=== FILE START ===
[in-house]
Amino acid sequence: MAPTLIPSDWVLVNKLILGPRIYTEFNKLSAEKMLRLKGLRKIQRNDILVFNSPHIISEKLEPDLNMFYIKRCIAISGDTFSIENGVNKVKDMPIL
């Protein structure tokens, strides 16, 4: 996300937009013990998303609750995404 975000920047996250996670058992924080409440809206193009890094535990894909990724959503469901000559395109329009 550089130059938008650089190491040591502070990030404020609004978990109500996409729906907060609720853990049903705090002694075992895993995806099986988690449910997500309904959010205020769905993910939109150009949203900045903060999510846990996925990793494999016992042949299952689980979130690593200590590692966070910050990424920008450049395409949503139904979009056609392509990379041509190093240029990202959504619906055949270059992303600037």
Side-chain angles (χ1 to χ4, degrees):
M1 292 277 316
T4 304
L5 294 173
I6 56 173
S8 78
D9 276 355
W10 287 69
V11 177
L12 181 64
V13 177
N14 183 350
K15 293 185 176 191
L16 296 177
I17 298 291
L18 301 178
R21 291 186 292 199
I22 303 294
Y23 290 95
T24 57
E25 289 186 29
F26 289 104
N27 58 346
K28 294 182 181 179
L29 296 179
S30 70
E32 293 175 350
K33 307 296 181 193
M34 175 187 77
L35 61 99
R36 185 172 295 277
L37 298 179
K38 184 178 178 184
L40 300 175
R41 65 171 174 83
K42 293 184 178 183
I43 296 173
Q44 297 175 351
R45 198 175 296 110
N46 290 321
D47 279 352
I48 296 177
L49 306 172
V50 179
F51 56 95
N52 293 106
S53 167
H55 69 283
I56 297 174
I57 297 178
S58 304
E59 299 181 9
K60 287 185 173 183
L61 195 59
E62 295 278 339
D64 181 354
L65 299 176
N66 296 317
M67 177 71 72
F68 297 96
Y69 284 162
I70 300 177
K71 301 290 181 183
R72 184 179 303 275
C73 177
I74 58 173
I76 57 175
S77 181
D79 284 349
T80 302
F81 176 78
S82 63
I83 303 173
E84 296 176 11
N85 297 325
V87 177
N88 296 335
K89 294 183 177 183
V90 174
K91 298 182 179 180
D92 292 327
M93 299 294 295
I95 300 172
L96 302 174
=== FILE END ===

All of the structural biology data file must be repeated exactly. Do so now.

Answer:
[in-house]
Amino acid sequence: MAPTLIPSDWVLVNKLILGPRIYTEFNKLSAEKMLRLKGLRKIQRNDILVFNSPHIISEKLEPDLNMFYIKRCIAISGDTFSIENGVNKVKDMPIL
């Protein structure tokens, strides 16, 4: 996300937009013990998303609750995404 975000920047996250996670058992924080409440809206193009890094535990894909990724959503469901000559395109329009 550089130059938008650089190491040591502070990030404020609004978990109500996409729906907060609720853990049903705090002694075992895993995806099986988690449910997500309904959010205020769905993910939109150009949203900045903060999510846990996925990793494999016992042949299952689980979130690593200590590692966070910050990424920008450049395409949503139904979009056609392509990379041509190093240029990202959504619906055949270059992303600037």
Side-chain angles (χ1 to χ4, degrees):
M1 292 277 316
T4 304
L5 294 173
I6 56 173
S8 78
D9 276 355
W10 287 69
V11 177
L12 181 64
V13 177
N14 183 350
K15 293 185 176 191
L16 296 177
I17 298 291
L18 301 178
R21 291 186 292 199
I22 303 294
Y23 290 95
T24 57
E25 289 186 29
F26 289 104
N27 58 346
K28 294 182 181 179
L29 296 179
S30 70
E32 293 175 350
K33 307 296 181 193
M34 175 187 77
L35 61 99
R36 185 172 295 277
L37 298 179
K38 184 178 178 184
L40 300 175
R41 65 171 174 83
K42 293 184 178 183
I43 296 173
Q44 297 175 351
R45 198 175 296 110
N46 290 321
D47 279 352
I48 296 177
L49 306 172
V50 179
F51 56 95
N52 293 106
S53 167
H55 69 283
I56 297 174
I57 297 178
S58 304
E59 299 181 9
K60 287 185 173 183
L61 195 59
E62 295 278 339
D64 181 354
L65 299 176
N66 296 317
M67 177 71 72
F68 297 96
Y69 284 162
I70 300 177
K71 301 290 181 183
R72 184 179 303 275
C73 177
I74 58 173
I76 57 175
S77 181
D79 284 349
T80 302
F81 176 78
S82 63
I83 303 173
E84 296 176 11
N85 297 325
V87 177
N88 296 335
K89 294 183 177 183
V90 174
K91 298 182 179 180
D92 292 327
M93 299 294 295
I95 300 172
L96 302 174